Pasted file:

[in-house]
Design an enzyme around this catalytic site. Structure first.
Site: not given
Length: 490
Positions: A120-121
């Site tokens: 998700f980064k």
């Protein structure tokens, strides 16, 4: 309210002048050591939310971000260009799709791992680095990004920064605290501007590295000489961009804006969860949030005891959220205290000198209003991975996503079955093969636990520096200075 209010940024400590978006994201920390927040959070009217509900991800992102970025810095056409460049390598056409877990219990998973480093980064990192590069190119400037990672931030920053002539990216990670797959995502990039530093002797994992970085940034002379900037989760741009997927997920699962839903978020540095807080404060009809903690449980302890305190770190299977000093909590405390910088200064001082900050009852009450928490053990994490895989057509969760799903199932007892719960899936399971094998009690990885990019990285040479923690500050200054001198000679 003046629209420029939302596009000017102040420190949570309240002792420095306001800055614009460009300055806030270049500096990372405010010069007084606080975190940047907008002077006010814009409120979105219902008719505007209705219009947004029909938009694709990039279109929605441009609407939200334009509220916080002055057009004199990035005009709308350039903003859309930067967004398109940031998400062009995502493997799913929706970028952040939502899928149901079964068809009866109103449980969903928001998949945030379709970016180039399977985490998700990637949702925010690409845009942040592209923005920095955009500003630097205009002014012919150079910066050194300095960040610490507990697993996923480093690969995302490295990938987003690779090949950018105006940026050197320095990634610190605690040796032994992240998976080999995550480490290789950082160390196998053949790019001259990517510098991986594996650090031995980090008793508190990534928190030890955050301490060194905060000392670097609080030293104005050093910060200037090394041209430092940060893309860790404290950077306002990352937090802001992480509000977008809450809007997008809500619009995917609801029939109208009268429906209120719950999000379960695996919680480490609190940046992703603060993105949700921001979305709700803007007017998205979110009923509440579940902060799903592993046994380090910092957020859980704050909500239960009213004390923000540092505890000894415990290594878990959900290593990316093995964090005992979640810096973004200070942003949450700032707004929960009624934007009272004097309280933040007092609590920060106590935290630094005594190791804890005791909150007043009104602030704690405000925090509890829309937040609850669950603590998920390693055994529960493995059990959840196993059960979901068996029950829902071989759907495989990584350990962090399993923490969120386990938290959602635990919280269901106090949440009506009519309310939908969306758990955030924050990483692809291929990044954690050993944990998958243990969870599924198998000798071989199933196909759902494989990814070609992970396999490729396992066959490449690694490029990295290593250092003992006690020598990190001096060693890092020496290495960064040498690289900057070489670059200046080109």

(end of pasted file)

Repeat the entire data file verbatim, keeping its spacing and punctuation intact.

[in-house]
Design an enzyme around this catalytic site. Structure first.
Site: not given
Length: 490
Positions: A120-121
């Site tokens: 998700f980064k």
């Protein structure tokens, strides 16, 4: 309210002048050591939310971000260009799709791992680095990004920064605290501007590295000489961009804006969860949030005891959220205290000198209003991975996503079955093969636990520096200075 209010940024400590978006994201920390927040959070009217509900991800992102970025810095056409460049390598056409877990219990998973480093980064990192590069190119400037990672931030920053002539990216990670797959995502990039530093002797994992970085940034002379900037989760741009997927997920699962839903978020540095807080404060009809903690449980302890305190770190299977000093909590405390910088200064001082900050009852009450928490053990994490895989057509969760799903199932007892719960899936399971094998009690990885990019990285040479923690500050200054001198000679 003046629209420029939302596009000017102040420190949570309240002792420095306001800055614009460009300055806030270049500096990372405010010069007084606080975190940047907008002077006010814009409120979105219902008719505007209705219009947004029909938009694709990039279109929605441009609407939200334009509220916080002055057009004199990035005009709308350039903003859309930067967004398109940031998400062009995502493997799913929706970028952040939502899928149901079964068809009866109103449980969903928001998949945030379709970016180039399977985490998700990637949702925010690409845009942040592209923005920095955009500003630097205009002014012919150079910066050194300095960040610490507990697993996923480093690969995302490295990938987003690779090949950018105006940026050197320095990634610190605690040796032994992240998976080999995550480490290789950082160390196998053949790019001259990517510098991986594996650090031995980090008793508190990534928190030890955050301490060194905060000392670097609080030293104005050093910060200037090394041209430092940060893309860790404290950077306002990352937090802001992480509000977008809450809007997008809500619009995917609801029939109208009268429906209120719950999000379960695996919680480490609190940046992703603060993105949700921001979305709700803007007017998205979110009923509440579940902060799903592993046994380090910092957020859980704050909500239960009213004390923000540092505890000894415990290594878990959900290593990316093995964090005992979640810096973004200070942003949450700032707004929960009624934007009272004097309280933040007092609590920060106590935290630094005594190791804890005791909150007043009104602030704690405000925090509890829309937040609850669950603590998920390693055994529960493995059990959840196993059960979901068996029950829902071989759907495989990584350990962090399993923490969120386990938290959602635990919280269901106090949440009506009519309310939908969306758990955030924050990483692809291929990044954690050993944990998958243990969870599924198998000798071989199933196909759902494989990814070609992970396999490729396992066959490449690694490029990295290593250092003992006690020598990190001096060693890092020496290495960064040498690289900057070489670059200046080109």